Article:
ARRL Field Day is the single most popular on-the-air event held annually in the US and Canada.
On the fourth FULL weekend of June of each year, more than 35,000 radio amateurs gather with their clubs, groups or simply with friends to operate from remote locations.
It is a time where many aspects of Amateur Radio come together to highlight our many roles. While some will treat it as a contest, other groups use the opportunity to practice their emergency response capabilities. It is an excellent opportunity to demonstrate Amateur Radio to the organizations that Amateur Radio might serve in an emergency, as well as the general public.
SARA will be participating in Field Day 2019 from Entergy Park located near Carpenter Dam in Hot Springs. If you will be in the Hot Springs area, join us! We’re planning a multi-transmitter setup on HF with opportunities for visitors to get on the air. How many stations we operate will be driven by how many turn out to participate. Operating hours will be Saturday, June 22 from 1 p.m. – 7 p.m. (approximately). Our talk-in frequency is 146.880- (PL 114.8).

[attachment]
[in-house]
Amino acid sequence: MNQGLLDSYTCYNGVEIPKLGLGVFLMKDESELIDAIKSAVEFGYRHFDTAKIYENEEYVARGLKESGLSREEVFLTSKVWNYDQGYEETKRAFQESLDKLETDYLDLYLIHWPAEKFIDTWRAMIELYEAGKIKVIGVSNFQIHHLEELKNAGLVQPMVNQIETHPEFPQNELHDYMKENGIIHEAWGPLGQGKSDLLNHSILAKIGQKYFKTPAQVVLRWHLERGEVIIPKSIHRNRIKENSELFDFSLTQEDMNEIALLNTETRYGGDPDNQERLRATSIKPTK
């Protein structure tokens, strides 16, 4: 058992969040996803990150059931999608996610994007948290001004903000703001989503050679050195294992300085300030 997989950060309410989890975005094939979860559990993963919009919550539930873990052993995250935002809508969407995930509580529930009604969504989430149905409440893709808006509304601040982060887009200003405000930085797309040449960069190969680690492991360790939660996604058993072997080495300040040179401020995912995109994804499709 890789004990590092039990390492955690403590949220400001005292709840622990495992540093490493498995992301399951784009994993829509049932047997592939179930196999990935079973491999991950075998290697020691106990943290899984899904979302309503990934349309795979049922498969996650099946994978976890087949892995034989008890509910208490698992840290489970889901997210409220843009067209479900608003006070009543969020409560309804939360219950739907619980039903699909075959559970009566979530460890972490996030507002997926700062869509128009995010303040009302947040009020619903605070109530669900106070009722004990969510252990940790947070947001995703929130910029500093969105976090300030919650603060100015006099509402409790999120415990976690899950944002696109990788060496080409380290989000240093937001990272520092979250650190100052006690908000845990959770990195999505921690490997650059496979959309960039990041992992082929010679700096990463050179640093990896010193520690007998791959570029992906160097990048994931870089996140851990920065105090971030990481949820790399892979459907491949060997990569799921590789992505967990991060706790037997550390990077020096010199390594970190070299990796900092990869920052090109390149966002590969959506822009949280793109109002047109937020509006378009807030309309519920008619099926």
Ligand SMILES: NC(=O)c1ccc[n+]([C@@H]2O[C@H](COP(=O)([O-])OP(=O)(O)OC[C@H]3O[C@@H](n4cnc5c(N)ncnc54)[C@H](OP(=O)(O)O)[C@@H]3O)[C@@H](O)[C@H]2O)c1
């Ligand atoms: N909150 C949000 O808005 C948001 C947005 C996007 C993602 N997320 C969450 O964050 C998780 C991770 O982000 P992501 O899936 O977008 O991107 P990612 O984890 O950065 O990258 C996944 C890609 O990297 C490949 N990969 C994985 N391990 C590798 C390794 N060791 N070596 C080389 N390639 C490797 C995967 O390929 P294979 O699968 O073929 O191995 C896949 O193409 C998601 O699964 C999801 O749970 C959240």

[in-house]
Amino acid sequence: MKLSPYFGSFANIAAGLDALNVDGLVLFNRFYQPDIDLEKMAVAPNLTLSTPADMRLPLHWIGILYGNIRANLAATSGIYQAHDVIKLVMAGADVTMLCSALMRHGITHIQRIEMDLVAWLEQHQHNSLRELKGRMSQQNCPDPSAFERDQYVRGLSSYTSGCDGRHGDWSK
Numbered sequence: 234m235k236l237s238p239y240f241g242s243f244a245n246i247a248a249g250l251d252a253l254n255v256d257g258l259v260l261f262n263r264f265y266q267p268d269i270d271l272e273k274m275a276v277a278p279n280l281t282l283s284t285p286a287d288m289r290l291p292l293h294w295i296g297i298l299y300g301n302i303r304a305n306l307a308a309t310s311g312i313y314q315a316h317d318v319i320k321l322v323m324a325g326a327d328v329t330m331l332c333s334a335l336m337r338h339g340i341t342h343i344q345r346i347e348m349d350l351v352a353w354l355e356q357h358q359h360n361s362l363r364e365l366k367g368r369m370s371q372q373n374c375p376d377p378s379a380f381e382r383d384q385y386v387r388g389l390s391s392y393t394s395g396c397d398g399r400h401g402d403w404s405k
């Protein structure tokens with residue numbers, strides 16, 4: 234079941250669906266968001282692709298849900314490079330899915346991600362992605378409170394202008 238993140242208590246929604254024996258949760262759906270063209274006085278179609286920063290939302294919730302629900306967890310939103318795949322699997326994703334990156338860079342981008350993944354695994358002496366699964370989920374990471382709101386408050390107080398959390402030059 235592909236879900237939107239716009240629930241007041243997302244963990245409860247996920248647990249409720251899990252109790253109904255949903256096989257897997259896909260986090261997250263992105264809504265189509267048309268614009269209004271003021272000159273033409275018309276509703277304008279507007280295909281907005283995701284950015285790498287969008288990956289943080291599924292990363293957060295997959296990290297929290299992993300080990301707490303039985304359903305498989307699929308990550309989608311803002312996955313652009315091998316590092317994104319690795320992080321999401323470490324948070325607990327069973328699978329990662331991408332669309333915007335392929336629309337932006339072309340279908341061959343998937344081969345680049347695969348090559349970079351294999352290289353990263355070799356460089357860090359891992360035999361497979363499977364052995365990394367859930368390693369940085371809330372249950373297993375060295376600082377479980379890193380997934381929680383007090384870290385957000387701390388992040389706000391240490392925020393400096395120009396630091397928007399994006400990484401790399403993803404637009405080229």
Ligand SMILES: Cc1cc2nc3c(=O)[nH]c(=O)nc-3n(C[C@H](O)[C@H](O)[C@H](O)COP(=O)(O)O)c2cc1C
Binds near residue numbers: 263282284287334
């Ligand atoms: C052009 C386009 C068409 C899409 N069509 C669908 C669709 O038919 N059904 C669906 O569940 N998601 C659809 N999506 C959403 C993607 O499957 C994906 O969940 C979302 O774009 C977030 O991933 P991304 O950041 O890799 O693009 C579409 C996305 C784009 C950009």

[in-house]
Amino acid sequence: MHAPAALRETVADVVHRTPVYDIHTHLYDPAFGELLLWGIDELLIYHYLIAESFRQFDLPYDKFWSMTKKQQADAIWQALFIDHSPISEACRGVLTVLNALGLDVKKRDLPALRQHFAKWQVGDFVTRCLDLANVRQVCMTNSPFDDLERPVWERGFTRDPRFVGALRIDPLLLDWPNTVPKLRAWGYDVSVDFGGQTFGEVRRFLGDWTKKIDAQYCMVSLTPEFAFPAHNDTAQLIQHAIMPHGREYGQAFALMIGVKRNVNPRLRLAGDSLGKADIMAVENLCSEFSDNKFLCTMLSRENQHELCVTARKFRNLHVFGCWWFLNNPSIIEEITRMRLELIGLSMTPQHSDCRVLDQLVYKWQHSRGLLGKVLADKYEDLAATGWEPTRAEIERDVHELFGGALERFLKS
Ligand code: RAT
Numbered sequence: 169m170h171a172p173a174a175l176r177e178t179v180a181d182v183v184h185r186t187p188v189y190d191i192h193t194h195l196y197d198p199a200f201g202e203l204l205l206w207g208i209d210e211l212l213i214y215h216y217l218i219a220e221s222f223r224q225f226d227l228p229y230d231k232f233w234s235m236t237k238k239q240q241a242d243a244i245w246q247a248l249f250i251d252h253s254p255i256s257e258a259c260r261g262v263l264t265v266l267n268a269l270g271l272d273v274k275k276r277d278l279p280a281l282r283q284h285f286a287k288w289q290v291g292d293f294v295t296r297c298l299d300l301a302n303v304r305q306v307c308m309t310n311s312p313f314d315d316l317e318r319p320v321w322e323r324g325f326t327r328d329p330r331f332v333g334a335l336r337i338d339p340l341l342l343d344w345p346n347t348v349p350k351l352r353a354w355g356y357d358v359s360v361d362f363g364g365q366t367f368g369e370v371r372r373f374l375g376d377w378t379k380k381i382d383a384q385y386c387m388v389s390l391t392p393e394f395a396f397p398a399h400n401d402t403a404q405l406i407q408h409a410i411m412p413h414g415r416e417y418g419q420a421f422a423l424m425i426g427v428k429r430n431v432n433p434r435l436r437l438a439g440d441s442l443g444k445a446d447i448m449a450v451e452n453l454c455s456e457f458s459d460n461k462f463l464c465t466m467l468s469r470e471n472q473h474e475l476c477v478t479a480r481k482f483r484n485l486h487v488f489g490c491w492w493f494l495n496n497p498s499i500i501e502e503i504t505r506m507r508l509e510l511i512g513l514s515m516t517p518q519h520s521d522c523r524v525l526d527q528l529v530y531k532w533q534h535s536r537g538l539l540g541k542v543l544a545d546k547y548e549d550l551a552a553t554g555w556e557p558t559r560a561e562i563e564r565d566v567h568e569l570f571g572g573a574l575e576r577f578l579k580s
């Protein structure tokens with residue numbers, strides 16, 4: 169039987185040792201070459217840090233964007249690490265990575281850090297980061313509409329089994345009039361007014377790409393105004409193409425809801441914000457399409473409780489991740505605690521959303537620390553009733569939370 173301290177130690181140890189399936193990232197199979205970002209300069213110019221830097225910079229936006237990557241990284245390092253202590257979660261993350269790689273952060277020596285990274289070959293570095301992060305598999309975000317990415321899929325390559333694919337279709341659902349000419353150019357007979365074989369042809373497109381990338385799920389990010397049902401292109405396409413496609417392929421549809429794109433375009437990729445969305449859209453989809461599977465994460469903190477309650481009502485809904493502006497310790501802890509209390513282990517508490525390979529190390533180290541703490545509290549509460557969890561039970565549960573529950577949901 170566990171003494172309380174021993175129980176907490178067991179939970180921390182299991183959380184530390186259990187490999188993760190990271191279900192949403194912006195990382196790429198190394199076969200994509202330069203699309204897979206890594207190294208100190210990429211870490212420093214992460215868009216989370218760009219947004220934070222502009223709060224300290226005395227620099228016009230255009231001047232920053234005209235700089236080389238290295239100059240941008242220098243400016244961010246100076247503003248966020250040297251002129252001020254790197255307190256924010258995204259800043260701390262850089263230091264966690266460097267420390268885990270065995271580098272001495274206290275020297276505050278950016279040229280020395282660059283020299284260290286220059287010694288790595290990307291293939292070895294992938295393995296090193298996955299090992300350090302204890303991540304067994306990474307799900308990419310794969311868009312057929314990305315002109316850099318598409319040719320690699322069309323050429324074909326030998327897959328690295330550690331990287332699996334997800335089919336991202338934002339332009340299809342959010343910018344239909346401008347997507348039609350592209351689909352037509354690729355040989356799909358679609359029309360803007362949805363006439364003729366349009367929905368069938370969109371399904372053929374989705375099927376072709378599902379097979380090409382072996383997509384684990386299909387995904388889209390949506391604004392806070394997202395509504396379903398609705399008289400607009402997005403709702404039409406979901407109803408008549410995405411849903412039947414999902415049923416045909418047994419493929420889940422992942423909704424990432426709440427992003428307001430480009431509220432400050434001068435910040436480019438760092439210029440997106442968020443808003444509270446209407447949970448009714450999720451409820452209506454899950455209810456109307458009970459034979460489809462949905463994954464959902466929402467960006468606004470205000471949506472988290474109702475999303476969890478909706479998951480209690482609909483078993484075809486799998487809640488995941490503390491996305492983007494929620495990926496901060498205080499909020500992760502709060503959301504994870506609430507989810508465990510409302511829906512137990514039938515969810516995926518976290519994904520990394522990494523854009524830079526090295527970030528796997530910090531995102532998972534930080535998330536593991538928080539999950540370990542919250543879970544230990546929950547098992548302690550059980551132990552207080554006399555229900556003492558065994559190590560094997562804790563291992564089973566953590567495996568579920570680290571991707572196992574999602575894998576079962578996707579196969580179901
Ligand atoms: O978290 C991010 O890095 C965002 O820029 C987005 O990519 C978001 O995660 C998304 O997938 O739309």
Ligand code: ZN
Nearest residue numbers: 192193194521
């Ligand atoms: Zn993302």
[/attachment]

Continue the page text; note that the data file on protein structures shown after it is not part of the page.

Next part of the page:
The club will have water bottles on hand, but no food will be provided.
Our next meeting is scheduled for May 14 at 6pm. Bob (AB5N) will be presenting on the topic of Utilizing Electric Vehicle Batteries. Sounds very intriguing… Make plans now to join us and find out more about this very interesting project.